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Published in Print: April 1, 2002, as Multiple Measures

Multiple Measures

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Here's a plan for requiring more than good grades to graduate.

America's obsession with standardized tests is about to become even more intense as states move to comply with the new Bush education law requiring annual testing in grades 3 through 8. The foolish emphasis we put on testing is expensive, unnecessary, and probably harmful to millions of children.

Despite warnings from testing experts and educators that important decisions should not be based on a single measure, 17 states now require high school students to pass an exit exam to graduate, and at least seven more plan to do so.

Standardized tests have too many deficiencies to be the determining factor in assessing student achievement. But the most egregious flaw is that they don't address the qualities that most parents want their children to have—such as the skills and attitudes needed to continue learning on their own and to be good citizens, productive workers, and fulfilled human beings. Parents want their kids to develop virtues and values that we can all agree on, like diligence, honesty, tolerance, fairness, and compassion.

I suggested to a friend who has worked at both the state and district levels that policymakers and educators should develop an assessment system of multiple measures to evaluate students' academic and personal achievements. He said it would be too complicated and subjective to be practical. "What would you include?" he challenged. At that moment, I wasn't sure. But as I pondered the idea, I became convinced that such a system is possible and would be superior to what's currently in vogue.

I envision a system requiring 80 points out of a possible 135 to graduate. Anyone earning 100 to 115 would graduate with honors, and those with more than 115 would receive high honors. Students would be assessed as follows:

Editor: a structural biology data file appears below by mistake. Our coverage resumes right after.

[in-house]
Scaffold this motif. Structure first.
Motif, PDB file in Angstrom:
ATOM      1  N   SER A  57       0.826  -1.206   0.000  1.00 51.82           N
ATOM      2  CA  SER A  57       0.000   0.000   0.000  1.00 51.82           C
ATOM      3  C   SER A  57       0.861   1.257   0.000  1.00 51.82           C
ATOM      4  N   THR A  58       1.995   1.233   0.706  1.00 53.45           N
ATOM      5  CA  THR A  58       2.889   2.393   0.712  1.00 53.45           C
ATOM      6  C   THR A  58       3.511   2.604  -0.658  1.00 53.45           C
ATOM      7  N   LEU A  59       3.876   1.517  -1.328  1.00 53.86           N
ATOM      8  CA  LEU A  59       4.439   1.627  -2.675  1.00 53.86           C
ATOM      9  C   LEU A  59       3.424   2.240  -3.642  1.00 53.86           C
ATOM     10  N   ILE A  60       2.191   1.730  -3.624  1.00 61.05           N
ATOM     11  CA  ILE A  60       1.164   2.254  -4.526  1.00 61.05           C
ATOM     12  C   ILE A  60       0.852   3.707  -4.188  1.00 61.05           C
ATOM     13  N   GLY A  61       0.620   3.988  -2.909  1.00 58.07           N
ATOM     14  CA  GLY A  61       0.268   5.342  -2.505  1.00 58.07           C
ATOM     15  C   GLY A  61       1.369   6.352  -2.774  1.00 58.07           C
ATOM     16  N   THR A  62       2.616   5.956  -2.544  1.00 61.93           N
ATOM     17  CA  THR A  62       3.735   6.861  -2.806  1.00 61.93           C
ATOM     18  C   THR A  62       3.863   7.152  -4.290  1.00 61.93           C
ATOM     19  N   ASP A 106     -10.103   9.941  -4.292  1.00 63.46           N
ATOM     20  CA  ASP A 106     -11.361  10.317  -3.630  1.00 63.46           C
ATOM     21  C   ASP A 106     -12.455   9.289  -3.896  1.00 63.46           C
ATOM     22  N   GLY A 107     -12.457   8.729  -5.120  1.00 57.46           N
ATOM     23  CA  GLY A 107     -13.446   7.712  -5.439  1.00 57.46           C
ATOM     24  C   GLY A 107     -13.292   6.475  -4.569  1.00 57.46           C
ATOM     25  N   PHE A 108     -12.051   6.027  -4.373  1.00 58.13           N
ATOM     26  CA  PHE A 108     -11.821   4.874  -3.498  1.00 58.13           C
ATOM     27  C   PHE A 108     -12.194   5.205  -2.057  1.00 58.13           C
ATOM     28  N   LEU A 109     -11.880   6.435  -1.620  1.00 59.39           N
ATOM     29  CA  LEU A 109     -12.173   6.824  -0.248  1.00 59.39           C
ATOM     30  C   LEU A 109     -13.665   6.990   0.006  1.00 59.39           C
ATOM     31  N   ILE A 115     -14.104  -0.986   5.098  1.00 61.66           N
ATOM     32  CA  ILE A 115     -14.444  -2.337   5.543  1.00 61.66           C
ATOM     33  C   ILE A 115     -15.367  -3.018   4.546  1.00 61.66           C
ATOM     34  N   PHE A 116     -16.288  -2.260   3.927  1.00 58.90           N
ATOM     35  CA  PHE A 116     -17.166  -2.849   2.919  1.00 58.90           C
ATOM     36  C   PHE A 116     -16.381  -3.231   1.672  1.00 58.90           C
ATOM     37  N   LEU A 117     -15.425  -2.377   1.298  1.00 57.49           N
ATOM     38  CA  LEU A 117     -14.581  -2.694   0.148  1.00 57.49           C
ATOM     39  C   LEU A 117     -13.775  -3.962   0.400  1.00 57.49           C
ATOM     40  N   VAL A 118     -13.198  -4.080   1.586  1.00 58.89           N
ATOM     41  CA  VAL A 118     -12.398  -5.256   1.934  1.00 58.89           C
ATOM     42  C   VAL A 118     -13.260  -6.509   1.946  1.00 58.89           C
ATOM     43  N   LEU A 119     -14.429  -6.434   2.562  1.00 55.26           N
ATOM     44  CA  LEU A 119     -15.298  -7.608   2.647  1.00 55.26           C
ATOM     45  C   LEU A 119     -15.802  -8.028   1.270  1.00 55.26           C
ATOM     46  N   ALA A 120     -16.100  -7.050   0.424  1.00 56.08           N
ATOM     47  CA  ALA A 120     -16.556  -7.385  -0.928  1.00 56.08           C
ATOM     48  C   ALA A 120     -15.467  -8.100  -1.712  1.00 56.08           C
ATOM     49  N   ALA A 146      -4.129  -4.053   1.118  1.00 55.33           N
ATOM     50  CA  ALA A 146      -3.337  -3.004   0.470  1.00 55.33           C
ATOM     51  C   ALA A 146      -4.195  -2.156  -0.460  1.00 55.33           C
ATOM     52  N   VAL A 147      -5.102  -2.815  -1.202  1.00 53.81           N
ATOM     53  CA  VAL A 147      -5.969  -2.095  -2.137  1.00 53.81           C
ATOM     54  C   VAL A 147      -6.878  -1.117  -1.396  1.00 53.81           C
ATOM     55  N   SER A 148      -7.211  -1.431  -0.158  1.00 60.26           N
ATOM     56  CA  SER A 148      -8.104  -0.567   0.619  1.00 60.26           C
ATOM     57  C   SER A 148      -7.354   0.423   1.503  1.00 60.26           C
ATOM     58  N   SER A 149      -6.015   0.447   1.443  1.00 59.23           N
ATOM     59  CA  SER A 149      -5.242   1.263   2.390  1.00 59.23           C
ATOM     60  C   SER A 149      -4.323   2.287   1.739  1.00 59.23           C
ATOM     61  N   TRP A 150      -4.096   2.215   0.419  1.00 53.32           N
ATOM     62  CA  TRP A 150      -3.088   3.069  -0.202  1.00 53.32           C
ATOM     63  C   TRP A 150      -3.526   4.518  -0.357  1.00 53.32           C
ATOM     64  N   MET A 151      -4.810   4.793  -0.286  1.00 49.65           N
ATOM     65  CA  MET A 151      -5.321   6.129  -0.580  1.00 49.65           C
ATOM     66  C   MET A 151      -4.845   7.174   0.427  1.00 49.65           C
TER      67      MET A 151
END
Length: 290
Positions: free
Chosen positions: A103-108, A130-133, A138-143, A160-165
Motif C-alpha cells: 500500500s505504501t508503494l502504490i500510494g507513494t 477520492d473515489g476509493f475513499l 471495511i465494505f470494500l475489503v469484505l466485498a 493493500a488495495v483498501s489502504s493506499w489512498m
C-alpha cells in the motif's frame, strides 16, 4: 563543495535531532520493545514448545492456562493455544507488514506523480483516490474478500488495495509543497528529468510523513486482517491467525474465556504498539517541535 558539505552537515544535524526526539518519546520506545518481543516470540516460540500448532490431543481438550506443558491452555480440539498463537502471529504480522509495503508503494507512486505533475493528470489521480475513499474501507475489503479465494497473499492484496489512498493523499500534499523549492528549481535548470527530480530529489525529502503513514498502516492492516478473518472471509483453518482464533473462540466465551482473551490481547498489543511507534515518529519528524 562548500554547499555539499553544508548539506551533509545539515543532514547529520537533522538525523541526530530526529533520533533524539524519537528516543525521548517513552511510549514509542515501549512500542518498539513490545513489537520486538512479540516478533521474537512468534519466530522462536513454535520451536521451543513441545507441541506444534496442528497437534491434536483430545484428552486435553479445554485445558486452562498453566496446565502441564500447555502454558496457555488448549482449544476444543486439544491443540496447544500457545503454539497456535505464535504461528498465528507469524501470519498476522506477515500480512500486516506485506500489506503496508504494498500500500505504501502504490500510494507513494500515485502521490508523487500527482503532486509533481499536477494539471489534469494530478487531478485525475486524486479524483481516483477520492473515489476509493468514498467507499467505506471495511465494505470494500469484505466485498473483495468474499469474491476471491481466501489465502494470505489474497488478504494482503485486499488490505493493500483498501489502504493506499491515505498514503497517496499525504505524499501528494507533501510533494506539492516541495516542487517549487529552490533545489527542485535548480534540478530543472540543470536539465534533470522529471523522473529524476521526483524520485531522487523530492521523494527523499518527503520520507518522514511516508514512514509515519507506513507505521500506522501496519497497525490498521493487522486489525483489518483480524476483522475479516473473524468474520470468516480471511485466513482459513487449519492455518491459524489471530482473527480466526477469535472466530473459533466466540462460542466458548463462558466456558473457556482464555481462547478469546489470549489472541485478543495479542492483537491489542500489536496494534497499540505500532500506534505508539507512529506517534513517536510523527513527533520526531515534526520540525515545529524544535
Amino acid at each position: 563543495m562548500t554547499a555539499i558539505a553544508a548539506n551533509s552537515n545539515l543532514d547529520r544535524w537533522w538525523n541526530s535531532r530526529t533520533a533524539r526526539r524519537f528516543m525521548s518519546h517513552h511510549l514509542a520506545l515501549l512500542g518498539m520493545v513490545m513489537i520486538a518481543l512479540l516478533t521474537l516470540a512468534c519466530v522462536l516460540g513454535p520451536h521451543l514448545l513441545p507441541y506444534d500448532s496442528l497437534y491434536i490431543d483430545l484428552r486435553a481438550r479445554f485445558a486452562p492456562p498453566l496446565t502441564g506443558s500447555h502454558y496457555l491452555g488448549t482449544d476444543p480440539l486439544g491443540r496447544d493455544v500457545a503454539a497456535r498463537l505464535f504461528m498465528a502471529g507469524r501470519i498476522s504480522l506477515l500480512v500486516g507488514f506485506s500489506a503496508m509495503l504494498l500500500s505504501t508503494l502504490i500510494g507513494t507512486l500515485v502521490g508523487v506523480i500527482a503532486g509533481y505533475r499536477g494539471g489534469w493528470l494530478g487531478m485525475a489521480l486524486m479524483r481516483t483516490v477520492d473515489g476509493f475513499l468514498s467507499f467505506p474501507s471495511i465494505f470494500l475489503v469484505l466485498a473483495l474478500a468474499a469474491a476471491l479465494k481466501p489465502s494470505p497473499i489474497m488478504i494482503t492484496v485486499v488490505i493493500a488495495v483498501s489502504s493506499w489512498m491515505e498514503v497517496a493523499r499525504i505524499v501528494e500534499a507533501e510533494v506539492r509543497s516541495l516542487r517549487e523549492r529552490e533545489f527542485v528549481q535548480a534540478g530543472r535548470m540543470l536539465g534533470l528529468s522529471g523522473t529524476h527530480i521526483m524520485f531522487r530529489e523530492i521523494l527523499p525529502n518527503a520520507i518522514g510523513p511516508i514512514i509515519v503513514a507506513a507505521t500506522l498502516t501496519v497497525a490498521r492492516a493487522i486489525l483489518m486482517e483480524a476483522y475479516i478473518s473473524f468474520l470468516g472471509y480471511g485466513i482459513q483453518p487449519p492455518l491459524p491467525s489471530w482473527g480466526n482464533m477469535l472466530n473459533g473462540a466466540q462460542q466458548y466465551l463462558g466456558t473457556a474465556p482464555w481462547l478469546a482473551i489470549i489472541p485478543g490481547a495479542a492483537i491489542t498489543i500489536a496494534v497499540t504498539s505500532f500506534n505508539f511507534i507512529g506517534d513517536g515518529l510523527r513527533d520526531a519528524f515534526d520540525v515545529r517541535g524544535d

• 40 points for passing the mandated state or district exit test.
  • 0-20 points for the grade average of all courses. An A average earns 20 points; a B earns 15; a C earns 10; a D earns 5.
  •  0-25 points for personal work (such as exhibition in the arts and sciences), class participation, and behavior. In written evaluations, two teachers rate the student on a scale of 0 to 25, with the student being awarded the average.
  • 10 points if a student has fewer than five unexcused absences.
  •  0-25 points for extracurricular activities. A student receives 15 points for participating in two or more activities and earns up to 5 additional points on the recommendation of each activity's adviser or coach. An award, such as an athletic letter or writing prize, earns another 5 points.
  • 0-15 points for volunteer work in the community. The number of points earned is based on the recommendation of the adult supervising the activity.

Students cannot earn enough points to graduate just by passing exit tests; they must show achievement in other areas. But students who do not pass exit tests can still earn a diploma, as long as they excel enough in those other areas to earn at least 80 of the remaining 95 points. If a student who fails the test earns the maximum for attendance, extracurricular activities, and volunteer work, he or she still needs to earn 30 points in either grades or teacher evaluations.

These numbers and categories are suggestions that could be improved. Although some of the evaluations are subjective, I would argue that that is proper. Few of us take standardized tests after we leave school. Instead, we are judged on what we produce and how we behave, and assessments of our performances in real life are usually more subjective than objective.

The bottom line is this: Teachers, advisers, and coaches evaluate students continually, and their assessments should count when deciding whether a student graduates.

One more thing. The reason most often given for high-stakes testing is to motivate students. I suggest that states also increase motivation by awarding college scholarships to students who graduate with honors.

 —Ronald A. Wolk

Vol. 13, Issue 7, Page 3

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